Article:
Hello I'm having trouble with Proteus to do this CMOS logic simulation, I used transistors, I can do the logic perfectly, but when I use CMOS for some reason the logic doesn't work. I used the methods of feeding voltage or applying a digital signal and it still doesn't work. Is there any modification that I must do on top of the component?
Your image from Sedra & Smith doesn't indicate which terminal is the source because it doesn't need to. The PMOS source is by definition the terminal at the higher voltage. Also, the body will be connected to the highest voltage in the circuit, whether that happens to be the source or not.
Your schematic uses MOSFETs with the source tied to the body. If you use those transistors you must connect the source to the higher voltage point. Your MOSFETs Q1 and Q2 must be flipped source/drain.
You should really be using a 4-terminal MOSFET if you want to simulate these circuits properly.
First of all, the way you had drawn the BJT (bipolar) NAND gate was wrong. The topology was wrong, and your Q5 and Q6 were drawn upside down, and to top it all off: you need base resistors. The circuit won't work without base resistors, since the E-B diode of Q5 would conduct in series with B-E diode of Q7, causing a short circuit.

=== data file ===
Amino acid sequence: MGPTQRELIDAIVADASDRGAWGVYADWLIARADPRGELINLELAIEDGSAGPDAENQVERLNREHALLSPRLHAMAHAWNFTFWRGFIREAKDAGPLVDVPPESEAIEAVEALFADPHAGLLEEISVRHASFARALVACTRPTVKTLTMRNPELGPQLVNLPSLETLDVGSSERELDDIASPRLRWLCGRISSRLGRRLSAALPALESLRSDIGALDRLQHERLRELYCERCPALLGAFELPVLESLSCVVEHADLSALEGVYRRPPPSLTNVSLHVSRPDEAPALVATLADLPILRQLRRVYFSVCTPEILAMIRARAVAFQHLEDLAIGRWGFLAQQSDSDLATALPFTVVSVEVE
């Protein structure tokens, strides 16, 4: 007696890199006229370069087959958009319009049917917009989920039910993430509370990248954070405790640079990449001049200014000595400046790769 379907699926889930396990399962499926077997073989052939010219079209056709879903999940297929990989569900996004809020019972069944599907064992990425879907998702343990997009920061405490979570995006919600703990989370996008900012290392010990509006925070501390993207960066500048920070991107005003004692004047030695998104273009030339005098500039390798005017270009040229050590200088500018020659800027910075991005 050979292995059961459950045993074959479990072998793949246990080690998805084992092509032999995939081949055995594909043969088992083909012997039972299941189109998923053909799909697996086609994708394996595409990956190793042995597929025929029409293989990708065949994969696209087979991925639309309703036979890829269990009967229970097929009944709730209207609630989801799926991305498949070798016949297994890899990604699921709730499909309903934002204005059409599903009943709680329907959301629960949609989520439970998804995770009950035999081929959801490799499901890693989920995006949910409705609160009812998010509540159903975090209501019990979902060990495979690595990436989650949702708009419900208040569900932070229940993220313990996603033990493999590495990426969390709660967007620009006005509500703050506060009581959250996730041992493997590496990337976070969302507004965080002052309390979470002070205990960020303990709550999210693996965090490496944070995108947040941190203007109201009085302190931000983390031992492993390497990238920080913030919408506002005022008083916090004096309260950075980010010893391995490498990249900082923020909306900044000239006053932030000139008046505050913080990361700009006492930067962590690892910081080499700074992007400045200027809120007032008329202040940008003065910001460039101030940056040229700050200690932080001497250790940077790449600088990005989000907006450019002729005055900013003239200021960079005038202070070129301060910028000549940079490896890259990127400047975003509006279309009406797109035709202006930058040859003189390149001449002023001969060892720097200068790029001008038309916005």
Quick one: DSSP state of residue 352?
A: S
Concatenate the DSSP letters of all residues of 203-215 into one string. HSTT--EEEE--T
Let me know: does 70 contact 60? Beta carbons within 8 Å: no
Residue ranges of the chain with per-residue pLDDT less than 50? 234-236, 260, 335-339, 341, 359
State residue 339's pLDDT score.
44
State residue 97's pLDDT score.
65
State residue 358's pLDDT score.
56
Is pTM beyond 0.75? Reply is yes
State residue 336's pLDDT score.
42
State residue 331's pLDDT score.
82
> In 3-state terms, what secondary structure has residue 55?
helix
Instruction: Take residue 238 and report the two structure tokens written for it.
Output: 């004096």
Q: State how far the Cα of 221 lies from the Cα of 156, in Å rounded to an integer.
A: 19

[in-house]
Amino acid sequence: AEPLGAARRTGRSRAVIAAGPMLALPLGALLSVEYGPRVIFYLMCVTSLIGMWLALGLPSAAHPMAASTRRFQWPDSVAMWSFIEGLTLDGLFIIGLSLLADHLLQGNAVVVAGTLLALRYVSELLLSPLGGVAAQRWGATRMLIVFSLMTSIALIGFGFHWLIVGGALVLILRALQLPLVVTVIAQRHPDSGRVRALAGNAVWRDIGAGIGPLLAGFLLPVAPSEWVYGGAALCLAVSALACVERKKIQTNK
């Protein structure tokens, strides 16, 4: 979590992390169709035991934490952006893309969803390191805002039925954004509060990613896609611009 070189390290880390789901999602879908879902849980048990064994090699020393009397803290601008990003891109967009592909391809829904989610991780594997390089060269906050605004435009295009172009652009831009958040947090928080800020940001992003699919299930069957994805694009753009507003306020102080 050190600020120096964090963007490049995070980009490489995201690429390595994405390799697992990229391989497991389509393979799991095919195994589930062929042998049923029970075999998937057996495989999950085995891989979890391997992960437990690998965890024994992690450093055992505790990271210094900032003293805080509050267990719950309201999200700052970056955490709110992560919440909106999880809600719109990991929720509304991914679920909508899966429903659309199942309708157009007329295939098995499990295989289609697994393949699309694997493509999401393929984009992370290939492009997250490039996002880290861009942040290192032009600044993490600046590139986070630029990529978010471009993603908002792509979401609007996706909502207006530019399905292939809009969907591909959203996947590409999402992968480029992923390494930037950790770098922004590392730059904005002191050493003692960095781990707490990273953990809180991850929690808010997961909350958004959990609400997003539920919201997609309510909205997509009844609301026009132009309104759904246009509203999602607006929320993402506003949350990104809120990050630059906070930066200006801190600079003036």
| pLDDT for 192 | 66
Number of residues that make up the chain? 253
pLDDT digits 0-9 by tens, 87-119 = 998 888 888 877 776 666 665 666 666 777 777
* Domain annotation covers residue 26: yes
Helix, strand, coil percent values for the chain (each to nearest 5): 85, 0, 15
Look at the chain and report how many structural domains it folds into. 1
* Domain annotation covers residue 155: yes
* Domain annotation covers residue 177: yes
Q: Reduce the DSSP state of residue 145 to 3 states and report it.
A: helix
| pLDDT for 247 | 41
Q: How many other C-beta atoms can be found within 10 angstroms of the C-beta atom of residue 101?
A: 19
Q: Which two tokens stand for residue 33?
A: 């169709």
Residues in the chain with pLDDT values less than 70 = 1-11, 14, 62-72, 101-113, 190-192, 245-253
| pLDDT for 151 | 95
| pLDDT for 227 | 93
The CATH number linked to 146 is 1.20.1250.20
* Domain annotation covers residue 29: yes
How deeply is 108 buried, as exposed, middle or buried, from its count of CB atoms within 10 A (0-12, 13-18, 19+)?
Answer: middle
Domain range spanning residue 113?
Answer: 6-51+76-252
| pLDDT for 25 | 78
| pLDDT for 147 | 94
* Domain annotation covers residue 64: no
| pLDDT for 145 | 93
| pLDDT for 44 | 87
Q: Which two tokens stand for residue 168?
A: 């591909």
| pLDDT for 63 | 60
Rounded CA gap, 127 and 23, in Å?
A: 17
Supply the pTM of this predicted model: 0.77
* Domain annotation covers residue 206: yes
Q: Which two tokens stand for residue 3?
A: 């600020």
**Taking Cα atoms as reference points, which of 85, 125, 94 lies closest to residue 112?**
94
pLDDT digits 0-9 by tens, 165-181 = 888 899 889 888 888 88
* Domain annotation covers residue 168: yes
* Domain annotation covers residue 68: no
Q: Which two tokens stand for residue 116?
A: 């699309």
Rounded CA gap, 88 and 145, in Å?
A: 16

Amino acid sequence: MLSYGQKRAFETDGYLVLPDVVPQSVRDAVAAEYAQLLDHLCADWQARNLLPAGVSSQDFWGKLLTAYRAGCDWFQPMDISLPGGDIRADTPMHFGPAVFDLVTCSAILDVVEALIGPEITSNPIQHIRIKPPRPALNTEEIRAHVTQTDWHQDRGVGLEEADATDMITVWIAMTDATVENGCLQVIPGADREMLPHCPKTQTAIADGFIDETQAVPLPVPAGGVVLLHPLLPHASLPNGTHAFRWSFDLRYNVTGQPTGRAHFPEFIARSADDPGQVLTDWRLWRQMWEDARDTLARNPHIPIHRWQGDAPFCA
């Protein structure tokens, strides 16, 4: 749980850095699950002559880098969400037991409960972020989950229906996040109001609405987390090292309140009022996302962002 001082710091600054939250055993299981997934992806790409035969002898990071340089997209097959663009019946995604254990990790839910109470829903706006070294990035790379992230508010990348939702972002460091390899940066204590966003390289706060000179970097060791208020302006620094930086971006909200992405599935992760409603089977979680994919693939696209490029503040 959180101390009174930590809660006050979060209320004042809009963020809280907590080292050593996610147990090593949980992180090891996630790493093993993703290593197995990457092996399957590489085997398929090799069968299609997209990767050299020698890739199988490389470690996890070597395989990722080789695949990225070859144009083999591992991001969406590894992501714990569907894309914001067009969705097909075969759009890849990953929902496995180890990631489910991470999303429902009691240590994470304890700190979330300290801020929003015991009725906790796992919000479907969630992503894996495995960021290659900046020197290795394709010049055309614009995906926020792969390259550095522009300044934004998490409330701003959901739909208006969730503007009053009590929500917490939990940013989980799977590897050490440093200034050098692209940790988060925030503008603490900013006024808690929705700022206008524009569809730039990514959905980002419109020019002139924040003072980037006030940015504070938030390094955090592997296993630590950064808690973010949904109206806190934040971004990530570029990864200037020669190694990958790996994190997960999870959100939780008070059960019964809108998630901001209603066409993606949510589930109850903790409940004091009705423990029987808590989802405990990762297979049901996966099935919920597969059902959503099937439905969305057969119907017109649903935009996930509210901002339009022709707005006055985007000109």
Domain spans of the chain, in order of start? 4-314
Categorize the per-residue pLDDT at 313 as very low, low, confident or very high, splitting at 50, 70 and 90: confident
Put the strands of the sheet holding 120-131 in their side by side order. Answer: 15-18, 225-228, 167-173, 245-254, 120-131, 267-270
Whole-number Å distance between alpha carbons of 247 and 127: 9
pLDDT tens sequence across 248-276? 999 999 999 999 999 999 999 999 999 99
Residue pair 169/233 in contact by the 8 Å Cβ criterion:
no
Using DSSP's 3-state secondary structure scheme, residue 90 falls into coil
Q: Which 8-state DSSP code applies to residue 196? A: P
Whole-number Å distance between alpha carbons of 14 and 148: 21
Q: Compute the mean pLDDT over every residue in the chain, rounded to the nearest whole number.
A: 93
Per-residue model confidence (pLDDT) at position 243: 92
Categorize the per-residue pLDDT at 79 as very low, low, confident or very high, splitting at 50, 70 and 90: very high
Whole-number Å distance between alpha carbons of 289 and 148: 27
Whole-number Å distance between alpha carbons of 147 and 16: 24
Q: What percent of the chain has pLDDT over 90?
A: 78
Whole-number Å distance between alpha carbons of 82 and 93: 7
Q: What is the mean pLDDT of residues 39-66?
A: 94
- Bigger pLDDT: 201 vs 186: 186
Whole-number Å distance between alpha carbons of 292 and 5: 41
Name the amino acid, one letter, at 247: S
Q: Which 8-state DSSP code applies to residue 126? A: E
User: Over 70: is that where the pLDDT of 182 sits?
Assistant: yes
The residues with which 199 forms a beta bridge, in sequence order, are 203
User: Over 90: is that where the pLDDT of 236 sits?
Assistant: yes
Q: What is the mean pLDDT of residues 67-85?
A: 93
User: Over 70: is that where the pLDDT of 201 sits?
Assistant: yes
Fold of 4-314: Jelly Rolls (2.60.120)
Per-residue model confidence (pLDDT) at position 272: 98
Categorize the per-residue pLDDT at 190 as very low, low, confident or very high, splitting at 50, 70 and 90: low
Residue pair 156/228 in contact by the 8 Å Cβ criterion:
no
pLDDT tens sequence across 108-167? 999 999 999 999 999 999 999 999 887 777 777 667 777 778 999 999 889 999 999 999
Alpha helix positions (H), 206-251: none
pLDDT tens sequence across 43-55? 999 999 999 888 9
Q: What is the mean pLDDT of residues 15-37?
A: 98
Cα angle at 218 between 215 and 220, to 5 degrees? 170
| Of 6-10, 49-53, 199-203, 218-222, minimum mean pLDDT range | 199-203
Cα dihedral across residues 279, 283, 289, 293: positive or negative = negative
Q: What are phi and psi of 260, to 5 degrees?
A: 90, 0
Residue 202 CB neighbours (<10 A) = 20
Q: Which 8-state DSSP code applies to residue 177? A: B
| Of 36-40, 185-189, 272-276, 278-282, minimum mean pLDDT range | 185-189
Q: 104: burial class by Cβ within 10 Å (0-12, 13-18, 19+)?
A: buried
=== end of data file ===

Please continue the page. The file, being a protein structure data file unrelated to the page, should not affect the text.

Secondly, you've drawn Q1 and Q2 upside down. I've drawn them correctly below, using symbols that include the body diodes. As you can see, when Q1 and Q2 are upside down, their body diodes are forward-biased and conduct, so effectively Q1 and Q2 are conducting no matter what their gate voltage is.
Now, the schematic below can be simulated and is interactive: just click on the "0" and "1" buttons, press space, and they toggle, and you can immediately see the results.
You will note that the bipolar (and only bipolar!) version of the gate will still work if you flip the transistors upside down - with a caveat: the output must not be loaded. As soon as you load the output using the current source I1 - just 5mA is sufficient - the output will not be correct anymore.
That's because when the bipolar transistors are "upside down", they still work, but have a very low current gain. The base resistors can drive about 0.5mA into the bases. Since the current gain is very low - usually between 1-5, the base current multiplied by the gain is insufficient to overcome the load current.
You should be able to redraw the schematic above in Proteus, and I guarantee that it will work - as long as you don't make any mistakes. It'll also work if you assemble it on a breadboard, using "reasonable" mosfets like the BSS138/BSS84 (N/P channel, respectively).
Since this site has integrated CircuitLab, you can use it to experiment - for such simple circuits, it's much nicer than Proteus.